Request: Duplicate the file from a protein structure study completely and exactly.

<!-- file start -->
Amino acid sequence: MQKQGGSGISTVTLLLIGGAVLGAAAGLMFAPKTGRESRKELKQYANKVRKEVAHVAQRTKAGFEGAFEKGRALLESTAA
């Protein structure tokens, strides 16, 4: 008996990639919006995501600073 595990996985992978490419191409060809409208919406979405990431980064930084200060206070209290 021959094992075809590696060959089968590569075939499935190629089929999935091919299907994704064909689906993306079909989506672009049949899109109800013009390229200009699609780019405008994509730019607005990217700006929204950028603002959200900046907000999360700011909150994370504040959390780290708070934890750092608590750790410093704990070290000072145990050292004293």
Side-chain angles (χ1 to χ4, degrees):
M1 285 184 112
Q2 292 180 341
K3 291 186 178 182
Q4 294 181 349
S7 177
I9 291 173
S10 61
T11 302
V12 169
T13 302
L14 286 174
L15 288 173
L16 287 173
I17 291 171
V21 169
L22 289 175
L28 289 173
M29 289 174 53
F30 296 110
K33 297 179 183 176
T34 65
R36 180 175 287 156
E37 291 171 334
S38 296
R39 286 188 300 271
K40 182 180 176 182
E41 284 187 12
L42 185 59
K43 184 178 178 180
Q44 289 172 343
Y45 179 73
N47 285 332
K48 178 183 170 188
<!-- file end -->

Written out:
Amino acid sequence: MQKQGGSGISTVTLLLIGGAVLGAAAGLMFAPKTGRESRKELKQYANKVRKEVAHVAQRTKAGFEGAFEKGRALLESTAA
């Protein structure tokens, strides 16, 4: 008996990639919006995501600073 595990996985992978490419191409060809409208919406979405990431980064930084200060206070209290 021959094992075809590696060959089968590569075939499935190629089929999935091919299907994704064909689906993306079909989506672009049949899109109800013009390229200009699609780019405008994509730019607005990217700006929204950028603002959200900046907000999360700011909150994370504040959390780290708070934890750092608590750790410093704990070290000072145990050292004293």
Side-chain angles (χ1 to χ4, degrees):
M1 285 184 112
Q2 292 180 341
K3 291 186 178 182
Q4 294 181 349
S7 177
I9 291 173
S10 61
T11 302
V12 169
T13 302
L14 286 174
L15 288 173
L16 287 173
I17 291 171
V21 169
L22 289 175
L28 289 173
M29 289 174 53
F30 296 110
K33 297 179 183 176
T34 65
R36 180 175 287 156
E37 291 171 334
S38 296
R39 286 188 300 271
K40 182 180 176 182
E41 284 187 12
L42 185 59
K43 184 178 178 180
Q44 289 172 343
Y45 179 73
N47 285 332
K48 178 183 170 188